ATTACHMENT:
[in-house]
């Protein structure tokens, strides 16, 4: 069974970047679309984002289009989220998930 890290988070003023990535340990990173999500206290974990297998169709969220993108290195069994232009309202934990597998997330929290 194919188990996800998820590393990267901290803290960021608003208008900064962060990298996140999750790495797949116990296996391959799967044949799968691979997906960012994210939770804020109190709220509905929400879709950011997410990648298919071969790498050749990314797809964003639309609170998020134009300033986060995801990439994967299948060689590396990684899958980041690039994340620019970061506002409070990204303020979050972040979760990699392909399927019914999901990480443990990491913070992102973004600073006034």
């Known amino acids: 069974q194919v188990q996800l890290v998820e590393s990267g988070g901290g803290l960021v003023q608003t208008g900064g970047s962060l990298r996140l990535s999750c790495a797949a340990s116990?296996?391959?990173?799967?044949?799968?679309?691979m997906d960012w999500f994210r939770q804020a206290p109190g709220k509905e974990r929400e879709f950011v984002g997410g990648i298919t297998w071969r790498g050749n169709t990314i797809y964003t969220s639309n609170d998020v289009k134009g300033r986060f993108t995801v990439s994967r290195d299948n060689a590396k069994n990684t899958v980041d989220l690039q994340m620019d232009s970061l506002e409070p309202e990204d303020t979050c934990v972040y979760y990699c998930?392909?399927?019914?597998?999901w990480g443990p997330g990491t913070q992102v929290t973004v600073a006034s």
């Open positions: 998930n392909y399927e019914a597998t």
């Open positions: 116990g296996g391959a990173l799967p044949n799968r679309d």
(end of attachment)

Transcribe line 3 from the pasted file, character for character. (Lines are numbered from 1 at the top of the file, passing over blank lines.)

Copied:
């Known amino acids: 069974q194919v188990q996800l890290v998820e590393s990267g988070g901290g803290l960021v003023q608003t208008g900064g970047s962060l990298r996140l990535s999750c790495a797949a340990s116990?296996?391959?990173?799967?044949?799968?679309?691979m997906d960012w999500f994210r939770q804020a206290p109190g709220k509905e974990r929400e879709f950011v984002g997410g990648i298919t297998w071969r790498g050749n169709t990314i797809y964003t969220s639309n609170d998020v289009k134009g300033r986060f993108t995801v990439s994967r290195d299948n060689a590396k069994n990684t899958v980041d989220l690039q994340m620019d232009s970061l506002e409070p309202e990204d303020t979050c934990v972040y979760y990699c998930?392909?399927?019914?597998?999901w990480g443990p997330g990491t913070q992102v929290t973004v600073a006034s």